In a stylishly decorated restaurant in the heart of Paris, tucked between Bastille and Place de la Nation, Sophia Tabet is perusing a typical French menu, including foie gras, beef fillet and duck confit. But unlike other French eateries, this one offers no wine list, and all food is prepared strictly in accordance with Islamic sharia law.
“We all eat halal food. It’s nice to have a change, to be able to eat French gastronomy that’s halal,” said Tabet, 29, a customer adviser at a large financial services company.
Tabet is on a girls’ night out with work colleagues at Les Enfants Terribles, one of a new breed of up-market halal restaurants that have sprung up in and around Paris, catering to a growing population of young Muslim professionals. Another new halal eatery is Le Wok Saint Germain, a chic Thai restaurant run by Frenchman Dhieb Lagnab.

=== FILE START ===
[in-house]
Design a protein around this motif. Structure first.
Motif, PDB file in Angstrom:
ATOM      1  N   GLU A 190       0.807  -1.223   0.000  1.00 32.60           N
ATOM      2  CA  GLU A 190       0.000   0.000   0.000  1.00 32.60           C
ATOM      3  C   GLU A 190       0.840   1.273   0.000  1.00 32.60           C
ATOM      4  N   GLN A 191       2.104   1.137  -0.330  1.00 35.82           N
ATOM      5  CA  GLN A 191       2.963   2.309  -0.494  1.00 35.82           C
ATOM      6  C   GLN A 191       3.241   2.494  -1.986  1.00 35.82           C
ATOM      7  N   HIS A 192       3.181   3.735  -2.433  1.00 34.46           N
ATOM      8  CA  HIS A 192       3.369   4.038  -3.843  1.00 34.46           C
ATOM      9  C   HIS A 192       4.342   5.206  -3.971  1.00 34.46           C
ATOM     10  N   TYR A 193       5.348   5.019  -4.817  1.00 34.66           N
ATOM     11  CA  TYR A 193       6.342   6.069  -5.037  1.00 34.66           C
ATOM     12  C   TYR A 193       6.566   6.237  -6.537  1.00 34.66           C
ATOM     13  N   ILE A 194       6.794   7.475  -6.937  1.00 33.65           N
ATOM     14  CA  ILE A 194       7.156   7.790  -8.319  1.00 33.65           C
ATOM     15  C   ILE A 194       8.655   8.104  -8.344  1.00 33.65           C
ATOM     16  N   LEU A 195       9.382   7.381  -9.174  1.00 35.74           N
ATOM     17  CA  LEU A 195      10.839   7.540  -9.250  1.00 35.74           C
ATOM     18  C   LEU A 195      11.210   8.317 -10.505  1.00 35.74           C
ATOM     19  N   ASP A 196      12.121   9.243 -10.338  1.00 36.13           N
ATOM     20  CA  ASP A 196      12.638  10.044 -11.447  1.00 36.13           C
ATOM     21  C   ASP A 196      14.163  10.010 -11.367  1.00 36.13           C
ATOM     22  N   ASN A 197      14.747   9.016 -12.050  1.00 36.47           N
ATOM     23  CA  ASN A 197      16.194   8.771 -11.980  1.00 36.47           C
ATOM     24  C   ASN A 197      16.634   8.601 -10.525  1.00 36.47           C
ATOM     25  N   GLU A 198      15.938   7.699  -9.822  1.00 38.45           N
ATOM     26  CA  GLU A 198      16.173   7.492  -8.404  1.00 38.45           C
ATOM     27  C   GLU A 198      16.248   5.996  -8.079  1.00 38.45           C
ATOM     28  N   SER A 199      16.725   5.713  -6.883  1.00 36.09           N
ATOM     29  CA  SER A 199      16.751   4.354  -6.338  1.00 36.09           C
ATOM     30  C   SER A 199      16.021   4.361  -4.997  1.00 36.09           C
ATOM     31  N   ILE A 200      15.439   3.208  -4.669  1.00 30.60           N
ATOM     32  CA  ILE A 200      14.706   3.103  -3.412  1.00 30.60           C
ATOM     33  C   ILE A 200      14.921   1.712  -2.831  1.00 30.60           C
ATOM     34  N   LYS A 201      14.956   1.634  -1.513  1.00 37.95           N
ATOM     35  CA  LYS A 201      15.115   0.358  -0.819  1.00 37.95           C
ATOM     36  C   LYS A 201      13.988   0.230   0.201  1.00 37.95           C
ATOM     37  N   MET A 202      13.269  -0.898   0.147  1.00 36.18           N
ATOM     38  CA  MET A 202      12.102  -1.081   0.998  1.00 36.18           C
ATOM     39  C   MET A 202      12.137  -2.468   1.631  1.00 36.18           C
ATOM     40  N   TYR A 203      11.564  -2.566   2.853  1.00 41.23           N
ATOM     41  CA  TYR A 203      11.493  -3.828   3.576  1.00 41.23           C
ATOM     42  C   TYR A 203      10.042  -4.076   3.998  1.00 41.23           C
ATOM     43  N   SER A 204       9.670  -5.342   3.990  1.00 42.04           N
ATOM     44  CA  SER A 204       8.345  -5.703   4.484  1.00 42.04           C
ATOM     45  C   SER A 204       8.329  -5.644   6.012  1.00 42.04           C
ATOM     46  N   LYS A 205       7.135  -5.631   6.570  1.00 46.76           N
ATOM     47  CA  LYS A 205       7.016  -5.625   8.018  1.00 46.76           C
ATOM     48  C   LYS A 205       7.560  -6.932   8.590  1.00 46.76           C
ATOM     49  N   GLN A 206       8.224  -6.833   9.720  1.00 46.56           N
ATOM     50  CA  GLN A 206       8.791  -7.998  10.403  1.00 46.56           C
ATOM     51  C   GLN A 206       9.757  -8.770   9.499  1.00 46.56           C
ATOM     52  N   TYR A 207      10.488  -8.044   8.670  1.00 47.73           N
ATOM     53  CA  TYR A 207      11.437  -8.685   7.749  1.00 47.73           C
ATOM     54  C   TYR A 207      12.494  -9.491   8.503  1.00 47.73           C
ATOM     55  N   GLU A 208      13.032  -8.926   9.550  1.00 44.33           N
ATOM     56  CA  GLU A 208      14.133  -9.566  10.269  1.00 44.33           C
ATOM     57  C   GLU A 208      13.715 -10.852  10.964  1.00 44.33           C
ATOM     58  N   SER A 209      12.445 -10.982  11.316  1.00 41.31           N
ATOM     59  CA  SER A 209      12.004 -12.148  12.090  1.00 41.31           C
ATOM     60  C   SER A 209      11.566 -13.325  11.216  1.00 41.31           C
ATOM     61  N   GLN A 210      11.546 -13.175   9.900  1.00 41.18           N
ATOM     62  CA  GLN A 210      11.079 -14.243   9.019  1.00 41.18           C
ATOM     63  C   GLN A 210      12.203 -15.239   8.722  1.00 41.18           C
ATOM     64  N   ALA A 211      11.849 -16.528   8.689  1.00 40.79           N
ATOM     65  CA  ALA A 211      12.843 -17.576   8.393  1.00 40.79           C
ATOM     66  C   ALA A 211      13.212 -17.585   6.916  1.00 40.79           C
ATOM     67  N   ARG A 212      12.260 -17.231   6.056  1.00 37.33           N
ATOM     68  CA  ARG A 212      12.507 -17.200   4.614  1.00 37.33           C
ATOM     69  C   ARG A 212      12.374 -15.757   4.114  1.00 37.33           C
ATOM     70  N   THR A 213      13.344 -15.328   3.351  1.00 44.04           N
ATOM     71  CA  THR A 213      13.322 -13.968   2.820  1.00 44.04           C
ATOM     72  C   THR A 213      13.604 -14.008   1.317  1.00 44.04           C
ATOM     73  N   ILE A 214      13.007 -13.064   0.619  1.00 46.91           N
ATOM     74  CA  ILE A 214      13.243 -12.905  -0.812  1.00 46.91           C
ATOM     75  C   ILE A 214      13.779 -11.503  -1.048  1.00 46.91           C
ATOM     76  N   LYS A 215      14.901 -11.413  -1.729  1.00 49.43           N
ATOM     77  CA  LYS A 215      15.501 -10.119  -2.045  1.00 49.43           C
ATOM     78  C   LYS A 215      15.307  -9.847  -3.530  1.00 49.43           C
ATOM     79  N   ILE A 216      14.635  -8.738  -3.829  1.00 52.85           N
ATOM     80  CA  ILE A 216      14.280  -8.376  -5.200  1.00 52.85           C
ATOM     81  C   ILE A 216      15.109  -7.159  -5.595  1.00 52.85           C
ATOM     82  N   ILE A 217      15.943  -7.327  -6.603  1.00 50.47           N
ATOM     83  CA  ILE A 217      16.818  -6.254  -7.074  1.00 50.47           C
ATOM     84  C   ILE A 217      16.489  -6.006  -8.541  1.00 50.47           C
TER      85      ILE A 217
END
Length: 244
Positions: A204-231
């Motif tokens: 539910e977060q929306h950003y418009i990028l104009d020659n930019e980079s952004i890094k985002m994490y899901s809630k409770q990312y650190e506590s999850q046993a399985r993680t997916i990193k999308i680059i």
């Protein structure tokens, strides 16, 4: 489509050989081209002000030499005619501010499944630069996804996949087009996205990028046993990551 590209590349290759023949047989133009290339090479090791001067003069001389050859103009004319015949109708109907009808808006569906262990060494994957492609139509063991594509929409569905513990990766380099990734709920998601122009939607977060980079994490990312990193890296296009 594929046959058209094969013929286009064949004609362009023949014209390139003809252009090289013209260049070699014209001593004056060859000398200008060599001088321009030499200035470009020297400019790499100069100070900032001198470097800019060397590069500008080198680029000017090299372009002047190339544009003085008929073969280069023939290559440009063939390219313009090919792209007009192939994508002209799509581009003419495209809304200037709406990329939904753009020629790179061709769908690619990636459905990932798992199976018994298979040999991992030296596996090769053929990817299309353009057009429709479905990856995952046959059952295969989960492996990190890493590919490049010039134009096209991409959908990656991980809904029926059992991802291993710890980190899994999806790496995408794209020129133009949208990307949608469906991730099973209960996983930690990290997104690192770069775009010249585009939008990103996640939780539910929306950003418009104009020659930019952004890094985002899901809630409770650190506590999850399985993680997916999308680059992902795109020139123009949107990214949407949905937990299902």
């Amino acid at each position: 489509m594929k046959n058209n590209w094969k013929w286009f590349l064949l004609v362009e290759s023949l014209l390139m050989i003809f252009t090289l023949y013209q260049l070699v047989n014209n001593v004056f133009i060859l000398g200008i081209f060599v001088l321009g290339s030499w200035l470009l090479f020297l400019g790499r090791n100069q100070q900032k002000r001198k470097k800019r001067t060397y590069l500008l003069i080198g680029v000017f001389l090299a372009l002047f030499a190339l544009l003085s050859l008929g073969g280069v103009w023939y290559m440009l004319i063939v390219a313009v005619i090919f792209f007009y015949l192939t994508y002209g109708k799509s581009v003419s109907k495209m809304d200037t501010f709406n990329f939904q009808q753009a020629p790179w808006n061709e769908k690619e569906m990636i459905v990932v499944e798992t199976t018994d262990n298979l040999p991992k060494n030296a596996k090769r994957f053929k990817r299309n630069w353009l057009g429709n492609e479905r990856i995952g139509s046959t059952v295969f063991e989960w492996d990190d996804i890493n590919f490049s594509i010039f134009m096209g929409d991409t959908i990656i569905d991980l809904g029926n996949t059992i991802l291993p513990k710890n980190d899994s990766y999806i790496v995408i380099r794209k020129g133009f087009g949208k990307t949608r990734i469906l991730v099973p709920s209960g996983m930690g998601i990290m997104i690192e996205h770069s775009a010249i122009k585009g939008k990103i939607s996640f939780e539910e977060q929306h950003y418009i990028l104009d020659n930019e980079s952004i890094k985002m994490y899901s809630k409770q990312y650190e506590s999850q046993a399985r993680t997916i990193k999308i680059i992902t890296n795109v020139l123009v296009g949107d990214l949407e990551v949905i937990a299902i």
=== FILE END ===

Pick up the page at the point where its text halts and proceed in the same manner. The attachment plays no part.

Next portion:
Born and educated in France, these young French Muslims have similar culinary tastes and social lives to their non-Muslim counterparts, but eating out can be a disappointing experience, restricted to cheap fast food outlets, or the vegetarian option on the menu.
“Before, eating halal in Paris, you were pretty much limited to pizzerias or kebab shops,” said Kamel Saidi, 32, who opened Les Enfants Terribles two years ago with his brother. “I was born in France, I grew up in France and I was frustrated because I wasn’t able to enjoy good traditional French food,” he said.